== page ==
Windows defrag hard drive image

You can choose for the process to run on a regular schedule, or you can click Analyze Disk and determine if the process needs to be run immediately.


4. Identify hardware limiting your computer's speed

Identifying and replacing outdated hardware can make an older computer feel brand new! An upgrade can also be significantly less expensive than buying a new computer.

Your storage drive and memory (RAM) are the two key pieces of hardware most related to the speed of your computer. A dated storage drive will slow down your performance, even when defragmented, while too little memory offers limited resources to run multiple programs.

5. Free up hard drive space

A full hard drive can significantly impair a computer’s performance, regardless of the operating system. When the hard drive is nearly full, the system doesn't have enough space to manage virtual memory and temporary files efficiently, which are essential for smooth operation. This lack of free space can cause applications to hang or crash, slow down system processes, and increase boot times. It's generally recommended to keep at least 10-20% of your hard drive capacity free to ensure optimal performance.

To free up space on your computer, start by identifying large files and unused applications. Every operating system provides tools to help you analyze what types of files are consuming the most space. For instance, you can use built-in storage management features to review and delete old files, duplicate files, and large media files that you no longer need. Regularly cleaning out your Downloads folder, clearing old email attachments, and emptying the Trash or Recycle Bin can also reclaim valuable space.

To learn more about freeing up storage space on your Mac read our article on How to Free Up Storage Space on a Mac System.

Another effective solution is to move large files, such as videos, photos, and backup files, to an external SSD (Solid State Drive). External SSDs are fast, reliable, and provide a convenient way to expand your storage without overloading your internal drive. By offloading rarely accessed but important files to an external drive, you free up critical space on your internal hard drive, which can significantly improve your computer’s performance. This not only helps maintain system speed and responsiveness but also provides a backup of your important data, enhancing your overall data management strategy.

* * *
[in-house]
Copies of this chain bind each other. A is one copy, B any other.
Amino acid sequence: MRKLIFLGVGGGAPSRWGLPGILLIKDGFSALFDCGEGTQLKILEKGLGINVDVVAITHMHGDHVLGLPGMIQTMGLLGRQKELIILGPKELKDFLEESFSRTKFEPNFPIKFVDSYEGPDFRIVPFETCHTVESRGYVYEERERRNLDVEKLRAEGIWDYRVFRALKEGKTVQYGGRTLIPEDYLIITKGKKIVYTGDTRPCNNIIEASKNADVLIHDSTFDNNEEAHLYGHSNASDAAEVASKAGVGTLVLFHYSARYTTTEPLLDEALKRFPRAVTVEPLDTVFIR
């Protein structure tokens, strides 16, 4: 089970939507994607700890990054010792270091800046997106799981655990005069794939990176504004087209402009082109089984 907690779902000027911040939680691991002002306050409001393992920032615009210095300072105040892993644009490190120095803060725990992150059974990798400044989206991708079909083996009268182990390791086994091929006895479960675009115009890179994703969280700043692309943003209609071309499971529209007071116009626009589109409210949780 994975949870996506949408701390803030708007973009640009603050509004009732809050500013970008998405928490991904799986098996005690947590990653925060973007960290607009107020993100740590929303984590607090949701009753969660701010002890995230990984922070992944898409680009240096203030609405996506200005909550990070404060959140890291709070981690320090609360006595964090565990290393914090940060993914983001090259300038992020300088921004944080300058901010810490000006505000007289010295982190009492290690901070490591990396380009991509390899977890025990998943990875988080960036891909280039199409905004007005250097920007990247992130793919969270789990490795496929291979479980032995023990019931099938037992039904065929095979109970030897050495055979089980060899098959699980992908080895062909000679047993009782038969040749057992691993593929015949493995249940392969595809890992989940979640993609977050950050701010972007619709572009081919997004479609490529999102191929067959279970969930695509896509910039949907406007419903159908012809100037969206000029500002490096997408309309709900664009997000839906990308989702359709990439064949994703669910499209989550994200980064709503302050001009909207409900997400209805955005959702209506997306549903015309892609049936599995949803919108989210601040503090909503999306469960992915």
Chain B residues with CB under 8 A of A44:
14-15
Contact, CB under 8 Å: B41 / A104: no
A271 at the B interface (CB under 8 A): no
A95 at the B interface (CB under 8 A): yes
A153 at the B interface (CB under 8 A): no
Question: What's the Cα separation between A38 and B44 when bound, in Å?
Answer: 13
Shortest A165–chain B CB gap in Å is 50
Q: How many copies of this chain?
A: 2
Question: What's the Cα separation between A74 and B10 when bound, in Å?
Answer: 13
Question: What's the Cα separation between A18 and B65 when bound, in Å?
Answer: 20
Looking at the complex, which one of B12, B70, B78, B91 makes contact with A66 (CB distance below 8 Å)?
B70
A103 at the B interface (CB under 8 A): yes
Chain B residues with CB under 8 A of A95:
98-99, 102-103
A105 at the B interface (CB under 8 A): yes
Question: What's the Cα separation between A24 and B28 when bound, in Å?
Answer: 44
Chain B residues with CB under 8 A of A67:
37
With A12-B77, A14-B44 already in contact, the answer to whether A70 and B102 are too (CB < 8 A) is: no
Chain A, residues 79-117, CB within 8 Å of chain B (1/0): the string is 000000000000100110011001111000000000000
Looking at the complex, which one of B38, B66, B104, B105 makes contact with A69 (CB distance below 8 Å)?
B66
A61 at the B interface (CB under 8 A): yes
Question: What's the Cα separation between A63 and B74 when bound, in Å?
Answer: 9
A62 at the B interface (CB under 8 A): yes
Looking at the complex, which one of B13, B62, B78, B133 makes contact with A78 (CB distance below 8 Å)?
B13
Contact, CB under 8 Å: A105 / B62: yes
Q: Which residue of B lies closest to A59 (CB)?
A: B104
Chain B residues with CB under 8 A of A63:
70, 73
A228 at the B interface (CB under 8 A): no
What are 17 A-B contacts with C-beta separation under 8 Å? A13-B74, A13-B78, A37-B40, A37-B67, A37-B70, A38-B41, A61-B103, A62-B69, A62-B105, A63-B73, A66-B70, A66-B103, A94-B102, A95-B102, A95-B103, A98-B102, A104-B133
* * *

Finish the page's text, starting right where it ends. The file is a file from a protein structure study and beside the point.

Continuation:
6. Upgrade storage with an SSD

The critical difference between a traditional HDD and an SSD is the technology behind it.

An HDD has moving parts, which mechanically move an actuator arm across a spinning platter to find each data portion. In comparison, an SSD accesses data near instantly using flash memory chips, retrieving things like documents, images, and videos more quickly while using less power.

There are several varieties of SSDs you can explore to boost a slower PC. Crucial offers both internal NVMe SSDs and SATA SSDs; however, you'll need to consider a variety of factors first, such as compatibility, your system requirements, and your budget.

External SSDs offer all the benefits of internal SSDs without the need to swap out the drive inside your computer. Plus, they can be used with multiple systems and devices via an external USB cable.

Use the Crucial® System Selector or System Scanner to find the right SSD to speed up your system.

7. Add more memory (RAM)

Unlike the long-term storage of your SSD or hard drive, RAM acts as short-term storage, temporarily holding current data so that it can be quickly accessed.

Think of it as a desktop space where you have laid out the files, notes and tools that you are using right now.

Every time you do one of the following things, you're using RAM memory:

  • Moving your mouse
  • Opening and switching between internet browser tabs
  • Typing an email
  • Creating a spreadsheet
  • Editing photos or videos
  • Playing a game, listening to music, or watching a video

The more RAM you have, the more of these tasks your computer can handle at once. Adding more memory is a straightforward way to fix recurring slowdowns.

Upgrading your memory may sound intimidating, but it's easy. With a screwdriver, your owner's manual and a good how-to-install RAM guide, you’ll have new memory in your computer within just a few minutes. No computer tech or prior knowledge required!

The bottom line — what to do if your computer is running slow

You don't have to make monumental changes to fix a slow computer.

With a few small, manageable changes, you’ll see immediate and lasting results.

These changes and upgrades will make your PC faster, and ultimately save you time, stress and money!